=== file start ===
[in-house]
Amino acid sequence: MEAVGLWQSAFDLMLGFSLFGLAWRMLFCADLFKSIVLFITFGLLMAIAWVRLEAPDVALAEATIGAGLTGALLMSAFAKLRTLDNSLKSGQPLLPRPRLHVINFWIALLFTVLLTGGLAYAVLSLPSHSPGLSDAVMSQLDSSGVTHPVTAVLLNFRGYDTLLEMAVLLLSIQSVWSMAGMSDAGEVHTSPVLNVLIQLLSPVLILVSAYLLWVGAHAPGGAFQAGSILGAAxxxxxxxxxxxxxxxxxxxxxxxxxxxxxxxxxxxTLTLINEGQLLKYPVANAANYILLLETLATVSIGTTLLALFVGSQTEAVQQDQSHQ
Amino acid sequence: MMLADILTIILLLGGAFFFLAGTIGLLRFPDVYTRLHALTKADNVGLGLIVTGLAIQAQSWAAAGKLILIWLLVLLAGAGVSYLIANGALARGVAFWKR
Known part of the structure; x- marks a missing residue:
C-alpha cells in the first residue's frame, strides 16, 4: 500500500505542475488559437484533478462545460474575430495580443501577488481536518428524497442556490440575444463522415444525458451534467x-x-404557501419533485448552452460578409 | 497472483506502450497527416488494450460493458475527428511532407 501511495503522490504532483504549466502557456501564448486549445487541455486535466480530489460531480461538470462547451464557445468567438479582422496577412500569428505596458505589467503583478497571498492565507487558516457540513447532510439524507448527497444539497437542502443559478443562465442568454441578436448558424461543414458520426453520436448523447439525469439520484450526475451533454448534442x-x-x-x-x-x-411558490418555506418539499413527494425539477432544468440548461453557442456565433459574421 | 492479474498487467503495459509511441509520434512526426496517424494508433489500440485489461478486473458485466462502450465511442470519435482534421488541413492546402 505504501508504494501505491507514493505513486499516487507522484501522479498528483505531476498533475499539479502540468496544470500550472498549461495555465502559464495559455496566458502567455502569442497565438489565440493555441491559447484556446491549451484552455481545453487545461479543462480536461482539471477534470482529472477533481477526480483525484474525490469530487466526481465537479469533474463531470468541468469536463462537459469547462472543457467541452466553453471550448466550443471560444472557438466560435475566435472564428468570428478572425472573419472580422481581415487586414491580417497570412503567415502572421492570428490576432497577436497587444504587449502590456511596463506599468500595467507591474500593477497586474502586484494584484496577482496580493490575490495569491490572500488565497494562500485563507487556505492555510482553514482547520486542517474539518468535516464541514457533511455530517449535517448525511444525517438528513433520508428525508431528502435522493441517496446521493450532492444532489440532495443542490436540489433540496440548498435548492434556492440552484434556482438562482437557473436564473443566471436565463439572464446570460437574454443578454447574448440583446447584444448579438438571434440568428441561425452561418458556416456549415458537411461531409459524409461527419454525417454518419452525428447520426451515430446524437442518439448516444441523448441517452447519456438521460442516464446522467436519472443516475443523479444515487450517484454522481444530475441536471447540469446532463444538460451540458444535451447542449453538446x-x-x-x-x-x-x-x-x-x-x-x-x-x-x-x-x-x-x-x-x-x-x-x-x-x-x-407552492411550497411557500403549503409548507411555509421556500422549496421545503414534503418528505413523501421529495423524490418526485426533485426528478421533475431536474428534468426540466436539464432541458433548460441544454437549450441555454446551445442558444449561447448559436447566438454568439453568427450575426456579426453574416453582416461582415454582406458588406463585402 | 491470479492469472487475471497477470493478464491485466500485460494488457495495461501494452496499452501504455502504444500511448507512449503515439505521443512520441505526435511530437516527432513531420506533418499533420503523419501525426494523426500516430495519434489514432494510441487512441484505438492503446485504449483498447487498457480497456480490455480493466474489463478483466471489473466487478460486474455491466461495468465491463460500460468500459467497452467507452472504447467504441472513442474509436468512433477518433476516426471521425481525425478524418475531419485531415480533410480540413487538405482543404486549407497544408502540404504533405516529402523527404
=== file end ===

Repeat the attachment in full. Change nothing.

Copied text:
[in-house]
Amino acid sequence: MEAVGLWQSAFDLMLGFSLFGLAWRMLFCADLFKSIVLFITFGLLMAIAWVRLEAPDVALAEATIGAGLTGALLMSAFAKLRTLDNSLKSGQPLLPRPRLHVINFWIALLFTVLLTGGLAYAVLSLPSHSPGLSDAVMSQLDSSGVTHPVTAVLLNFRGYDTLLEMAVLLLSIQSVWSMAGMSDAGEVHTSPVLNVLIQLLSPVLILVSAYLLWVGAHAPGGAFQAGSILGAAxxxxxxxxxxxxxxxxxxxxxxxxxxxxxxxxxxxTLTLINEGQLLKYPVANAANYILLLETLATVSIGTTLLALFVGSQTEAVQQDQSHQ
Amino acid sequence: MMLADILTIILLLGGAFFFLAGTIGLLRFPDVYTRLHALTKADNVGLGLIVTGLAIQAQSWAAAGKLILIWLLVLLAGAGVSYLIANGALARGVAFWKR
Known part of the structure; x- marks a missing residue:
C-alpha cells in the first residue's frame, strides 16, 4: 500500500505542475488559437484533478462545460474575430495580443501577488481536518428524497442556490440575444463522415444525458451534467x-x-404557501419533485448552452460578409 | 497472483506502450497527416488494450460493458475527428511532407 501511495503522490504532483504549466502557456501564448486549445487541455486535466480530489460531480461538470462547451464557445468567438479582422496577412500569428505596458505589467503583478497571498492565507487558516457540513447532510439524507448527497444539497437542502443559478443562465442568454441578436448558424461543414458520426453520436448523447439525469439520484450526475451533454448534442x-x-x-x-x-x-411558490418555506418539499413527494425539477432544468440548461453557442456565433459574421 | 492479474498487467503495459509511441509520434512526426496517424494508433489500440485489461478486473458485466462502450465511442470519435482534421488541413492546402 505504501508504494501505491507514493505513486499516487507522484501522479498528483505531476498533475499539479502540468496544470500550472498549461495555465502559464495559455496566458502567455502569442497565438489565440493555441491559447484556446491549451484552455481545453487545461479543462480536461482539471477534470482529472477533481477526480483525484474525490469530487466526481465537479469533474463531470468541468469536463462537459469547462472543457467541452466553453471550448466550443471560444472557438466560435475566435472564428468570428478572425472573419472580422481581415487586414491580417497570412503567415502572421492570428490576432497577436497587444504587449502590456511596463506599468500595467507591474500593477497586474502586484494584484496577482496580493490575490495569491490572500488565497494562500485563507487556505492555510482553514482547520486542517474539518468535516464541514457533511455530517449535517448525511444525517438528513433520508428525508431528502435522493441517496446521493450532492444532489440532495443542490436540489433540496440548498435548492434556492440552484434556482438562482437557473436564473443566471436565463439572464446570460437574454443578454447574448440583446447584444448579438438571434440568428441561425452561418458556416456549415458537411461531409459524409461527419454525417454518419452525428447520426451515430446524437442518439448516444441523448441517452447519456438521460442516464446522467436519472443516475443523479444515487450517484454522481444530475441536471447540469446532463444538460451540458444535451447542449453538446x-x-x-x-x-x-x-x-x-x-x-x-x-x-x-x-x-x-x-x-x-x-x-x-x-x-x-407552492411550497411557500403549503409548507411555509421556500422549496421545503414534503418528505413523501421529495423524490418526485426533485426528478421533475431536474428534468426540466436539464432541458433548460441544454437549450441555454446551445442558444449561447448559436447566438454568439453568427450575426456579426453574416453582416461582415454582406458588406463585402 | 491470479492469472487475471497477470493478464491485466500485460494488457495495461501494452496499452501504455502504444500511448507512449503515439505521443512520441505526435511530437516527432513531420506533418499533420503523419501525426494523426500516430495519434489514432494510441487512441484505438492503446485504449483498447487498457480497456480490455480493466474489463478483466471489473466487478460486474455491466461495468465491463460500460468500459467497452467507452472504447467504441472513442474509436468512433477518433476516426471521425481525425478524418475531419485531415480533410480540413487538405482543404486549407497544408502540404504533405516529402523527404